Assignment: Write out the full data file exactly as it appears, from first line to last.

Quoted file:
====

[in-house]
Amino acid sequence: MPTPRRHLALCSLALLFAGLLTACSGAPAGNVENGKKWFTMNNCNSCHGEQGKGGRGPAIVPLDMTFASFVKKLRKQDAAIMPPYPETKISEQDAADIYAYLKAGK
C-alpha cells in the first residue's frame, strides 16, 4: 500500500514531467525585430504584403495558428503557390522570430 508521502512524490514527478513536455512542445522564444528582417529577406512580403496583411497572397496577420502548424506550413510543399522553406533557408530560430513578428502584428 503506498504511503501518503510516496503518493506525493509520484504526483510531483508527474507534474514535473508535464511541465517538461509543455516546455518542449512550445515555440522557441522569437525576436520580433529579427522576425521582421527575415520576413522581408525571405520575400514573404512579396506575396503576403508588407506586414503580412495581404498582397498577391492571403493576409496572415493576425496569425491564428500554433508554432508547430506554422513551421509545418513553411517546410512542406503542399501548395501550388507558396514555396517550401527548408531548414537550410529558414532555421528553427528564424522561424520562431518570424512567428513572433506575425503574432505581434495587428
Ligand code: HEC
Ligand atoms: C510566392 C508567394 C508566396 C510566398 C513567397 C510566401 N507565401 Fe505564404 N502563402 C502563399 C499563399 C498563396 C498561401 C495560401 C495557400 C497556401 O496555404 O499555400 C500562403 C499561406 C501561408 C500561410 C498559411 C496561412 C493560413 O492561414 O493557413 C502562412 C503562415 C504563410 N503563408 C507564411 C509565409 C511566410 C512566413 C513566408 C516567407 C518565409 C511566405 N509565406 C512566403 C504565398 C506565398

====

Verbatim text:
[in-house]
Amino acid sequence: MPTPRRHLALCSLALLFAGLLTACSGAPAGNVENGKKWFTMNNCNSCHGEQGKGGRGPAIVPLDMTFASFVKKLRKQDAAIMPPYPETKISEQDAADIYAYLKAGK
C-alpha cells in the first residue's frame, strides 16, 4: 500500500514531467525585430504584403495558428503557390522570430 508521502512524490514527478513536455512542445522564444528582417529577406512580403496583411497572397496577420502548424506550413510543399522553406533557408530560430513578428502584428 503506498504511503501518503510516496503518493506525493509520484504526483510531483508527474507534474514535473508535464511541465517538461509543455516546455518542449512550445515555440522557441522569437525576436520580433529579427522576425521582421527575415520576413522581408525571405520575400514573404512579396506575396503576403508588407506586414503580412495581404498582397498577391492571403493576409496572415493576425496569425491564428500554433508554432508547430506554422513551421509545418513553411517546410512542406503542399501548395501550388507558396514555396517550401527548408531548414537550410529558414532555421528553427528564424522561424520562431518570424512567428513572433506575425503574432505581434495587428
Ligand code: HEC
Ligand atoms: C510566392 C508567394 C508566396 C510566398 C513567397 C510566401 N507565401 Fe505564404 N502563402 C502563399 C499563399 C498563396 C498561401 C495560401 C495557400 C497556401 O496555404 O499555400 C500562403 C499561406 C501561408 C500561410 C498559411 C496561412 C493560413 O492561414 O493557413 C502562412 C503562415 C504563410 N503563408 C507564411 C509565409 C511566410 C512566413 C513566408 C516567407 C518565409 C511566405 N509565406 C512566403 C504565398 C506565398